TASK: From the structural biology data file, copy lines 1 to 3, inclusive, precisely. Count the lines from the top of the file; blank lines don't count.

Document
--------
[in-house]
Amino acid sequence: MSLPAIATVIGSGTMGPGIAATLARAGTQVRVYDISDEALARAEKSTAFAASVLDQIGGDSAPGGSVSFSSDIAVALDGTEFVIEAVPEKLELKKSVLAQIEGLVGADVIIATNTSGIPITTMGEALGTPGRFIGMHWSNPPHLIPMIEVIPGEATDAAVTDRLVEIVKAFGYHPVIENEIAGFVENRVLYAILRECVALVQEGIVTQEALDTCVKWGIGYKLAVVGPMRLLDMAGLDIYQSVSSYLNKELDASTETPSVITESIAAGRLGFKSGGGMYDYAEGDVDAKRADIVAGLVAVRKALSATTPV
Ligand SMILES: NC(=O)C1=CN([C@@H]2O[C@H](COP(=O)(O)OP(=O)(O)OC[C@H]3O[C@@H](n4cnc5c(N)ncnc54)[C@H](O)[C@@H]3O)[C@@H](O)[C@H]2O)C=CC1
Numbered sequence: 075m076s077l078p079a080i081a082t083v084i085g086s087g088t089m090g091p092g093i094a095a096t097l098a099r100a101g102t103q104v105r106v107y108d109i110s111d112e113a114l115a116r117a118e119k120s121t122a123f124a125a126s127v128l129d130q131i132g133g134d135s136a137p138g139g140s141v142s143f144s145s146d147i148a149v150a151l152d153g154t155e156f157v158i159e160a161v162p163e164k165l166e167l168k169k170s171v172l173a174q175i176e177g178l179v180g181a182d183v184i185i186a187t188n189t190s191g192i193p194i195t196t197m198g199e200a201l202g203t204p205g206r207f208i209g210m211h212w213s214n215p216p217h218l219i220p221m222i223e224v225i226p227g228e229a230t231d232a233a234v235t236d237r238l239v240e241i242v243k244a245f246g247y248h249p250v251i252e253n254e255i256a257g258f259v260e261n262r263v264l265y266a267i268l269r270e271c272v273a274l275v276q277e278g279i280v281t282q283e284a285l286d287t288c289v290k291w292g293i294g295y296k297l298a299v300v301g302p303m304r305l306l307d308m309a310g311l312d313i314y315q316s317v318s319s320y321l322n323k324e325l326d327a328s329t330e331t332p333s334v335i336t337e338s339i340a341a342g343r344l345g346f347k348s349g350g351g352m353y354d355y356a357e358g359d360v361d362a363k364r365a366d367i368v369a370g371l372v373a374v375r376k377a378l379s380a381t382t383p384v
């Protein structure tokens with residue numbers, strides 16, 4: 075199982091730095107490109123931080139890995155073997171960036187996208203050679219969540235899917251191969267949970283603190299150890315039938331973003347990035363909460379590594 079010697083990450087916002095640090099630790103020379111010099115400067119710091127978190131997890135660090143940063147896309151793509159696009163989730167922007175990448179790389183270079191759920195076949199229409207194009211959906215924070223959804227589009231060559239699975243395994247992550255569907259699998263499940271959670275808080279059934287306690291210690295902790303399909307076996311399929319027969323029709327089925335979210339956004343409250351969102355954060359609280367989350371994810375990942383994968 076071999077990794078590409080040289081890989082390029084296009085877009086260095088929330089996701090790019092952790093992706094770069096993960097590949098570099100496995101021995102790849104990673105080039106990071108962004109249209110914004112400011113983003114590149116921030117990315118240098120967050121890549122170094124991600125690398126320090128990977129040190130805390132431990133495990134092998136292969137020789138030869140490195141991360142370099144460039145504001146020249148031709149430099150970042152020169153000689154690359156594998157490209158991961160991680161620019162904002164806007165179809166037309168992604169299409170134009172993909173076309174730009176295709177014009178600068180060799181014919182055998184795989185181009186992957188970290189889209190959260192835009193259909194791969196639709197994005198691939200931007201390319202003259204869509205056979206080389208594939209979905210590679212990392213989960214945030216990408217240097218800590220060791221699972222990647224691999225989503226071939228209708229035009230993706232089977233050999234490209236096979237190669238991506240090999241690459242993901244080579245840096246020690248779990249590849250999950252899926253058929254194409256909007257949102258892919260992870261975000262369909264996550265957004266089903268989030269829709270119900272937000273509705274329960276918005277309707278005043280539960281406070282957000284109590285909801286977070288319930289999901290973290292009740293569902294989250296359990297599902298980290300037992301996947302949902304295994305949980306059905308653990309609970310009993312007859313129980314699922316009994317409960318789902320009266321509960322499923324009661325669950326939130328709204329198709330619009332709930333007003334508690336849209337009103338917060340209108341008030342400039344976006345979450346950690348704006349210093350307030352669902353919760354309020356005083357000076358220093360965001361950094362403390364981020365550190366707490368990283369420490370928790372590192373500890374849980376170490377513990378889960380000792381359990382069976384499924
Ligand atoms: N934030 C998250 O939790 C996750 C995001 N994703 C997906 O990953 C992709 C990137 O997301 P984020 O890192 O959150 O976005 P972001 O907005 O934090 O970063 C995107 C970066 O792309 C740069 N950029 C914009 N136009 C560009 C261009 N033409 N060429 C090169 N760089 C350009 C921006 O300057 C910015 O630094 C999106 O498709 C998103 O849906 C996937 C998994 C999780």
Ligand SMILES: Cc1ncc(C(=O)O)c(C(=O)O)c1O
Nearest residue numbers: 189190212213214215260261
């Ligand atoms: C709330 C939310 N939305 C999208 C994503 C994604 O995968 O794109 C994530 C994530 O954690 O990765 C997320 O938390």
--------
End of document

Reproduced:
[in-house]
Amino acid sequence: MSLPAIATVIGSGTMGPGIAATLARAGTQVRVYDISDEALARAEKSTAFAASVLDQIGGDSAPGGSVSFSSDIAVALDGTEFVIEAVPEKLELKKSVLAQIEGLVGADVIIATNTSGIPITTMGEALGTPGRFIGMHWSNPPHLIPMIEVIPGEATDAAVTDRLVEIVKAFGYHPVIENEIAGFVENRVLYAILRECVALVQEGIVTQEALDTCVKWGIGYKLAVVGPMRLLDMAGLDIYQSVSSYLNKELDASTETPSVITESIAAGRLGFKSGGGMYDYAEGDVDAKRADIVAGLVAVRKALSATTPV
Ligand SMILES: NC(=O)C1=CN([C@@H]2O[C@H](COP(=O)(O)OP(=O)(O)OC[C@H]3O[C@@H](n4cnc5c(N)ncnc54)[C@H](O)[C@@H]3O)[C@@H](O)[C@H]2O)C=CC1